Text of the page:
Last year brought a number of important labor and employment cases — both national and local — that could have far-reaching effects on the workplace. A recent article from the Dallas Bar Association reviews five that will significantly affect Texas employers in 2019 and beyond.
Epic Systems Corp v. Lewis
In a decision we reviewed in June, the U.S. Supreme Court ruled that employers can enforce arbitration agreements in which employees agree to arbitrate claims against employers individually, rather than as part of a class action. The decision settles the National Labor Relations Board argument that these agreements violate employees’ rights to participate in collective action. As a result, more employers will no doubt add class action waivers to their arbitration agreements.
Mount Lemmon Fire District v. Guido
The U.S. Supreme Court held that the Age Discrimination in Employment Act of 1967 (ADEA) applies to state and local governments, regardless of the number of employers they have. The ADEA prohibits age discrimination against anyone 40 years of age or older in private employers with 20 or more employees. The Court found that the 20-employee requirement applied to industries affecting commerce, but not to states or political subdivisions, for which there is no such requirement.
In-N-Out Burger, Inc. v. NLRB
The Fifth Circuit Court of Appeals held that employees of an Austin location of In-N-Out Burger had a right to wear “Fight for $15” buttons advocating for a higher minimum wage, while at work. The employer asked employees to remove the buttons because they violated the uniform policy, leading to an employee filing an unfair labor practice charge with the National Labor Relations Board (NLRB). The complaint asserted that the employer violated the National Labor Relations Act’s Section 7, which gives employees the right to engage in joint activities for the purpose of collective bargaining. Both NLRB and the Fifth Circuit Court of Appeals rejected the employer’s argument that the restaurant’s public image and concern with food safety were “special circumstances” that justified the ban on buttons.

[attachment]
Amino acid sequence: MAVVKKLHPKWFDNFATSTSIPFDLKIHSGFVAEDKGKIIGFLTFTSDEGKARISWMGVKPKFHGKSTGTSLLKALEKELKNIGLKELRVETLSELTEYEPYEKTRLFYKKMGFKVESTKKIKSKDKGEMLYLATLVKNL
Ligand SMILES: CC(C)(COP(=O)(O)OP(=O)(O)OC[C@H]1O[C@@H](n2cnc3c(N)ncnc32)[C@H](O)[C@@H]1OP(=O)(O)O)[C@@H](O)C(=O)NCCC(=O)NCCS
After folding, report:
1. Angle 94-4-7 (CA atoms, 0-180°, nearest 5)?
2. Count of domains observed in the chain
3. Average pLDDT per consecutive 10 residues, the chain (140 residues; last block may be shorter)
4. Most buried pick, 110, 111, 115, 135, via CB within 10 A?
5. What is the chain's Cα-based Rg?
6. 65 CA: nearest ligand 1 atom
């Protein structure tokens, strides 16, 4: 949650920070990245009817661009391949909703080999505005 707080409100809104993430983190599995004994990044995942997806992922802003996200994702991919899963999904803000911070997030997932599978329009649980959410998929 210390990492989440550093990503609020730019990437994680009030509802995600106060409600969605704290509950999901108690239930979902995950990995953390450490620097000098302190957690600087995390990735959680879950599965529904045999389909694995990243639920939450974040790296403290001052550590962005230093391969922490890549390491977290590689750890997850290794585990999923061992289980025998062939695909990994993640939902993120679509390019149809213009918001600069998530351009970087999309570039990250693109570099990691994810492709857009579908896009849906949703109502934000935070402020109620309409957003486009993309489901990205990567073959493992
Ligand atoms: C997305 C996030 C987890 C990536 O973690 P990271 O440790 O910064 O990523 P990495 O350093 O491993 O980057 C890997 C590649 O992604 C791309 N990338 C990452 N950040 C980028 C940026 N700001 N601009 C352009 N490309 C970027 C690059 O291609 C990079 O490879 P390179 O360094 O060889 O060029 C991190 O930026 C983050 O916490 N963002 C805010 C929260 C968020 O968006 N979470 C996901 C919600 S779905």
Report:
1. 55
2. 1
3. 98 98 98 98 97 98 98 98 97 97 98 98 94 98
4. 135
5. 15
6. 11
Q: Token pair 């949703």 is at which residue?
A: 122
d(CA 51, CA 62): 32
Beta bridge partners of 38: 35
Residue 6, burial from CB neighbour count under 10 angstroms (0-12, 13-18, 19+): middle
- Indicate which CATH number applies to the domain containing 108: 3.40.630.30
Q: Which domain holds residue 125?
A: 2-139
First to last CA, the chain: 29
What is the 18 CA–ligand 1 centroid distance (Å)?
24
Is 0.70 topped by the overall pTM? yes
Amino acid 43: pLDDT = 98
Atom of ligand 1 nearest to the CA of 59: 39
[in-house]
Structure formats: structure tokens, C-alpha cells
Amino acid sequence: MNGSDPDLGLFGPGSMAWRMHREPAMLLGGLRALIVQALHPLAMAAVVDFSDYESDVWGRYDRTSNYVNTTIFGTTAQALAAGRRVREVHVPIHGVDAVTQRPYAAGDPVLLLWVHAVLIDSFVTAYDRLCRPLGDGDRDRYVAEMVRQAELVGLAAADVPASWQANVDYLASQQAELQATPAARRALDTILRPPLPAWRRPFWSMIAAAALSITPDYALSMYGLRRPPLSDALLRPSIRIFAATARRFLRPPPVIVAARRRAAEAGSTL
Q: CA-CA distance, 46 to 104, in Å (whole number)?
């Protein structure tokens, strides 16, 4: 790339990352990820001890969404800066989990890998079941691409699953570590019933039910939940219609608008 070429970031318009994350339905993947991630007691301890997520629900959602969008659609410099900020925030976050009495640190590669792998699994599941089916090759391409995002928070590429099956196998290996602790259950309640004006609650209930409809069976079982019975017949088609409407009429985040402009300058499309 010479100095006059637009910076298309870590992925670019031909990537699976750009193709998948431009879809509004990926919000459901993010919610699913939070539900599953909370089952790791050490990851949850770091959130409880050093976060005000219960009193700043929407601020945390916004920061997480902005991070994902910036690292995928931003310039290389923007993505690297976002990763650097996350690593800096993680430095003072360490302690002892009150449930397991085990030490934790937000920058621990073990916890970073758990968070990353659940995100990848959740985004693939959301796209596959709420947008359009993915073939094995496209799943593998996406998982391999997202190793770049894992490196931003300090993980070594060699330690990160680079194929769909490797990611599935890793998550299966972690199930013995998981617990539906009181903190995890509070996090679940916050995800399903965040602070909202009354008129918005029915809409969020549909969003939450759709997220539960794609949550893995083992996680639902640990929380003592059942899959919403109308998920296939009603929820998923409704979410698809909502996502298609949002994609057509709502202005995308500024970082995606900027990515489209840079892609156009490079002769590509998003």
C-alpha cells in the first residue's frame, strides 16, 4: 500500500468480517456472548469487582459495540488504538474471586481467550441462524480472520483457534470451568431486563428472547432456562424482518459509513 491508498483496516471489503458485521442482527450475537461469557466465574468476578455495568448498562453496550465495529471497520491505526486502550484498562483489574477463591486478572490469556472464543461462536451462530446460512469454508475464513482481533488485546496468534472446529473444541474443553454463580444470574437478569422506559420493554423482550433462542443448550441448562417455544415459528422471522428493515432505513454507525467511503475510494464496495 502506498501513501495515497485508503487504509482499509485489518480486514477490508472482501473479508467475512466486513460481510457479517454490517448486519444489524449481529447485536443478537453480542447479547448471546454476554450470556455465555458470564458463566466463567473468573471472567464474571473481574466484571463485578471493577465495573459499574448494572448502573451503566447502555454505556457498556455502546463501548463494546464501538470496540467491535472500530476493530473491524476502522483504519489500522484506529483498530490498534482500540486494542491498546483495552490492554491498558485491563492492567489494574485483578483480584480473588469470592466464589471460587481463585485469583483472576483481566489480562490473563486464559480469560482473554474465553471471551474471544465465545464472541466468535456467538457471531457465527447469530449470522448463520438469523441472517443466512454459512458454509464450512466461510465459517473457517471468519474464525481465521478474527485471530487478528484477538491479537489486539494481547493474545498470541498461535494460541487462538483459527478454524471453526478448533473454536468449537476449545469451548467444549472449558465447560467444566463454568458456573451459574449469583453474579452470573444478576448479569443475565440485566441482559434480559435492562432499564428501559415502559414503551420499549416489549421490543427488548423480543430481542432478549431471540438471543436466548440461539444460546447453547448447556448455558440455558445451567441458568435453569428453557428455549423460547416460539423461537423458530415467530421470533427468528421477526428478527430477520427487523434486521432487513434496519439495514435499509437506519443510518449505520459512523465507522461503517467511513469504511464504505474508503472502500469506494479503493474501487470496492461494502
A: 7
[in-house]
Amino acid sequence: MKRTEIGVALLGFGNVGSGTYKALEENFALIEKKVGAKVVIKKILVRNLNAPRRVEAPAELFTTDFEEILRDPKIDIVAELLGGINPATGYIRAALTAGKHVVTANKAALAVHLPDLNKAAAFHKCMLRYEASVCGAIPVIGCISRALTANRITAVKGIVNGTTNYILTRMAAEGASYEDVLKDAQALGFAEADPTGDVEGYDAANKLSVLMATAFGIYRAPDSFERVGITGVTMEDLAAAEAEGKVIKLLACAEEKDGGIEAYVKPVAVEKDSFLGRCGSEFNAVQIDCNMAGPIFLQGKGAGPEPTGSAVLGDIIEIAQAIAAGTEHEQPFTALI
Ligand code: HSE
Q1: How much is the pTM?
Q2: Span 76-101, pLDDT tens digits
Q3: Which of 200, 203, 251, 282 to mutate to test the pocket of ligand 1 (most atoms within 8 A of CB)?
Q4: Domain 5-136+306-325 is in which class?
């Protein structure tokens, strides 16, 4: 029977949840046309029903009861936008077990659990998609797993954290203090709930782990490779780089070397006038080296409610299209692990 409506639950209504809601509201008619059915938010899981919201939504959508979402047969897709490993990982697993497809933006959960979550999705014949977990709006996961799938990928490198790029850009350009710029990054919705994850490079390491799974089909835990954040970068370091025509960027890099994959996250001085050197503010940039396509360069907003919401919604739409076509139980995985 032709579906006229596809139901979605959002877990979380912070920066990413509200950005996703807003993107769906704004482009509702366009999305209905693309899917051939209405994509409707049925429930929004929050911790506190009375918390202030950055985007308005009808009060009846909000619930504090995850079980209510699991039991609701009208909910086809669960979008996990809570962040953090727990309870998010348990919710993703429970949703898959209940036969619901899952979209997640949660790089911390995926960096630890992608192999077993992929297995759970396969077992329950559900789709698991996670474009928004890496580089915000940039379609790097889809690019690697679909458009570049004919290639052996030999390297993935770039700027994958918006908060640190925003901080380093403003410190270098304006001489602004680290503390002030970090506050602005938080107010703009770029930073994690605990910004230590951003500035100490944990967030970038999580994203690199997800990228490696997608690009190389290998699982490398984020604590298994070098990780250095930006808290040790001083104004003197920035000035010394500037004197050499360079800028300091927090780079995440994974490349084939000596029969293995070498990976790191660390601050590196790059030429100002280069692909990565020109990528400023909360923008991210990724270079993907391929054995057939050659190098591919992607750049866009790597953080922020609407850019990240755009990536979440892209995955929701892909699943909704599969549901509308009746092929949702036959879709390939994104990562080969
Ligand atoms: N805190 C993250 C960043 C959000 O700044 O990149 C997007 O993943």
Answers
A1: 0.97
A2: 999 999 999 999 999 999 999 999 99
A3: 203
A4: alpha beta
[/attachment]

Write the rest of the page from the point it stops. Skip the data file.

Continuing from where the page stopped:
Gardner v. CLC of Pascagoula, L.L.C.
In this Title VII claim, a nurse at an assisted living facility alleged that she was sexually harassed by a patient with dementia and experienced retaliation when she refused to attend to the harasser in order to protect herself. She claimed that the facility did not take reasonable measures to prevent the harassment, creating a hostile work environment. The court agreed that an employer is responsible for protecting its employees from harassment at work by non-employees when the company knows or should have known about the issue and fails to take corrective action. The fact that the nurse’s job responsibilities included care for patients with dementia, a condition that often causes belligerent behavior, complicated the issue, but the court concluded that the evidence warranted a jury trial. While the case is not settled, it highlights the possibility that Texas employers may be responsible for harassment of their employees by third parties such as clients, vendors, or suppliers, and must address such situations or risk liability.
Wittmer v. Phillips 66 Co.
The Southern District of Texas was the first Texas court to recognize LGBT protections under Title VII. In this case, a transgender woman claimed that Phillips 66 rescinded a job offer due to her gender identity. The court ultimately issued a summary judgment against the employee, finding that inconsistencies uncovered in a background check were why the job offer was withdrawn, not her transgender status. In the opinion, however, the court stated that transgender employees are protected from discrimination under Title VII. This case signals a larger trend that will allow employees to argue for expanding current protections of LGBT individuals in Texas.
Our takeaway from these cases is that the employment law realm continues to be unpredictable — and 2019 will likely continue that trend. We will keep up with the latest developments and do our best to help you understand how they affect you. When you have questions or concerns, we’d love to help.